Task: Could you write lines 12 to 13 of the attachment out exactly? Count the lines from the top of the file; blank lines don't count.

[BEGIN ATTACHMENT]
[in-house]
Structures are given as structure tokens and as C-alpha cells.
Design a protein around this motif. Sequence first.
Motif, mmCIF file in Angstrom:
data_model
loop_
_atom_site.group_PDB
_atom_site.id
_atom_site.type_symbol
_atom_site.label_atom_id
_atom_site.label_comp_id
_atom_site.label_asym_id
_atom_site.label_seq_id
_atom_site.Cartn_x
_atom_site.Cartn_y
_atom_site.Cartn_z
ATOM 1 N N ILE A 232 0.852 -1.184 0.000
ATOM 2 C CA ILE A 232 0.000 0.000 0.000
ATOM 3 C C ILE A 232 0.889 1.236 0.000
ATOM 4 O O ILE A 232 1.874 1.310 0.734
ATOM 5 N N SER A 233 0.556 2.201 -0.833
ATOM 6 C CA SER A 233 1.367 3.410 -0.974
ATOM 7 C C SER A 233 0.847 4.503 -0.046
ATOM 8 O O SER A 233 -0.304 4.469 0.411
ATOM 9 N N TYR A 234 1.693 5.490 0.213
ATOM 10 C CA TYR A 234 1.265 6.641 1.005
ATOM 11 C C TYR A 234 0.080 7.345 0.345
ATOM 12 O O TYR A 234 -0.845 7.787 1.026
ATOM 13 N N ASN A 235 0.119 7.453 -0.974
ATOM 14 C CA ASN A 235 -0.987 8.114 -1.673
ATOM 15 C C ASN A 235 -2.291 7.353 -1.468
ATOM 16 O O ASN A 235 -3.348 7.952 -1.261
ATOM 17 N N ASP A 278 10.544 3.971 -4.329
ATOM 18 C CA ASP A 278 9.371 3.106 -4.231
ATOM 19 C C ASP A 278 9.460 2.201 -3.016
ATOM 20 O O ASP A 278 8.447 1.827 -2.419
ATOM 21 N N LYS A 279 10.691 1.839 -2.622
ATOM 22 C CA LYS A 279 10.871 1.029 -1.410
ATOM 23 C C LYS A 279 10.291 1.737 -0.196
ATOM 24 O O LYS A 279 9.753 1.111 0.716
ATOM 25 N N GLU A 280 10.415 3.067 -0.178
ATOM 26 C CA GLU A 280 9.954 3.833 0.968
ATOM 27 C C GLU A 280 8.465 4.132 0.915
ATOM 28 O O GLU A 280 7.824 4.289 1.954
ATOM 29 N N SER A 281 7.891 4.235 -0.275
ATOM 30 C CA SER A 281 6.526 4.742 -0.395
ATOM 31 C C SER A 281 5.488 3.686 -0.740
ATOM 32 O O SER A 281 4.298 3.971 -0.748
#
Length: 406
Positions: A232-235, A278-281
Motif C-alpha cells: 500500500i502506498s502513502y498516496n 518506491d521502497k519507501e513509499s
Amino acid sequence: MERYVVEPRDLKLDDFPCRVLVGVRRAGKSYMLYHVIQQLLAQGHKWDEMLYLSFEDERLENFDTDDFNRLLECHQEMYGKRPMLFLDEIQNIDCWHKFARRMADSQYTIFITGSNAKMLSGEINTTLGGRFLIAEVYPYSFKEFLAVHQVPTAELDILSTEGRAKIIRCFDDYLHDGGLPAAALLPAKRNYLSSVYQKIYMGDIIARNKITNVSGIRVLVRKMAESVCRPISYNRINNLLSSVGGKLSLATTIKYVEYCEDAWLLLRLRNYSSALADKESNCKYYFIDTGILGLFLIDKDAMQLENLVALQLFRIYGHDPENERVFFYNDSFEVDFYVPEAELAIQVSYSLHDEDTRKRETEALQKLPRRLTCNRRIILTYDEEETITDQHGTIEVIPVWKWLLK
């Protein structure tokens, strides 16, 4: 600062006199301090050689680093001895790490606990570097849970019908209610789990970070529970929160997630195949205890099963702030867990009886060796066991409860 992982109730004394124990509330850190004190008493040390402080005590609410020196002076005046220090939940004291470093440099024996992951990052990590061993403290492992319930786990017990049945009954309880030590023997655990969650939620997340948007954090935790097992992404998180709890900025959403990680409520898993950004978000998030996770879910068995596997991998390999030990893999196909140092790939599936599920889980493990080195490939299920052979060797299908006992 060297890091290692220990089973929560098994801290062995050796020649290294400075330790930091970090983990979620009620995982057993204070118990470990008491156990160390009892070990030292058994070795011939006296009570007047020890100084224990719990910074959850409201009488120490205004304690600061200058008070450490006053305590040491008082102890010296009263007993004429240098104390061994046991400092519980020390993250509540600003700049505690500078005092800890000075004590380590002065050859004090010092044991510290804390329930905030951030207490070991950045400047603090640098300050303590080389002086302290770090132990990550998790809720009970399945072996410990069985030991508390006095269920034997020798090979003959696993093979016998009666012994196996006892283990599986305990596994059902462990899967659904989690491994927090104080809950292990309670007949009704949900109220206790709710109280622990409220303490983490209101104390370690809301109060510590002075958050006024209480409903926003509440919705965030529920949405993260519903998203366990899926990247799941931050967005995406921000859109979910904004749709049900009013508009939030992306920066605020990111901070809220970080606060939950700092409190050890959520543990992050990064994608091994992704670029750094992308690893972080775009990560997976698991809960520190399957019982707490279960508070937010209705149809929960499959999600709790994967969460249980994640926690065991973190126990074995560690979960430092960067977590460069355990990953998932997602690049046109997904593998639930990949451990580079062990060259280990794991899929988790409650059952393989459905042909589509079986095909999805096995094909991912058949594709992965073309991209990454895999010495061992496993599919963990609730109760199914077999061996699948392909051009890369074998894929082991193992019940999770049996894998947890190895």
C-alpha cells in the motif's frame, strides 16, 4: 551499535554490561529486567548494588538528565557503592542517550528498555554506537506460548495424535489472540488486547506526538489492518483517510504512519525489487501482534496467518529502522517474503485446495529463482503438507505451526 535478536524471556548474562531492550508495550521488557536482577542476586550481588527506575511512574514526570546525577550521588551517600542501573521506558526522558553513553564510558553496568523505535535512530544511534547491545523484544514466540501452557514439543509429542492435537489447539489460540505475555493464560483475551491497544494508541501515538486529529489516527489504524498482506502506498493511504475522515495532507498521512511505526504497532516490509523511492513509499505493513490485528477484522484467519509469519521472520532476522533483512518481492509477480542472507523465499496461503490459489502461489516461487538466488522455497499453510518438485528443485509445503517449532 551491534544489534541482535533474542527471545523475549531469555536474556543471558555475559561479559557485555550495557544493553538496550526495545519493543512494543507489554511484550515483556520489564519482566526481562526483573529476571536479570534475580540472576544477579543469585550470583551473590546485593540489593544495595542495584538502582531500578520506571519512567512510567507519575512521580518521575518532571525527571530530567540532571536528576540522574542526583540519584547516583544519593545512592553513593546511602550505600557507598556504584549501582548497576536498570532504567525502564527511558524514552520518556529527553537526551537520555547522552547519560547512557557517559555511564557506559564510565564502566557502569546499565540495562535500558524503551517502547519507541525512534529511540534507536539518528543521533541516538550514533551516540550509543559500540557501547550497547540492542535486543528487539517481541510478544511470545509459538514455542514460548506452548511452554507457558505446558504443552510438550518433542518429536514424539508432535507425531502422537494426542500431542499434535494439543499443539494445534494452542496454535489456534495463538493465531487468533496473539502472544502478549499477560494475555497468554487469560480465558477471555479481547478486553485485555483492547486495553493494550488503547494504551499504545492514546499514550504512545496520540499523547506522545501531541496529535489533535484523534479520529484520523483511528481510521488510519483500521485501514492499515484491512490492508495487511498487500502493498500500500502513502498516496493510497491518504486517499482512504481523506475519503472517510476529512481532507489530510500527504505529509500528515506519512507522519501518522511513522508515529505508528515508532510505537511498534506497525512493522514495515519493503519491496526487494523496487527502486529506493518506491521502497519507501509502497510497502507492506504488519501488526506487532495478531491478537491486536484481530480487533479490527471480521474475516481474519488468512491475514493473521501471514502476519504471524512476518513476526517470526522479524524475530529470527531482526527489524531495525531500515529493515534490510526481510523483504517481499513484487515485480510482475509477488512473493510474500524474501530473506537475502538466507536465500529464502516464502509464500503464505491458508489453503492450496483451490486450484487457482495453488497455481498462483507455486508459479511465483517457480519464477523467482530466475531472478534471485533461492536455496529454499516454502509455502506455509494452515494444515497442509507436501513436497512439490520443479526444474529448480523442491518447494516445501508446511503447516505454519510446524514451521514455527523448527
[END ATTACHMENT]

_atom_site.label_asym_id
_atom_site.label_seq_id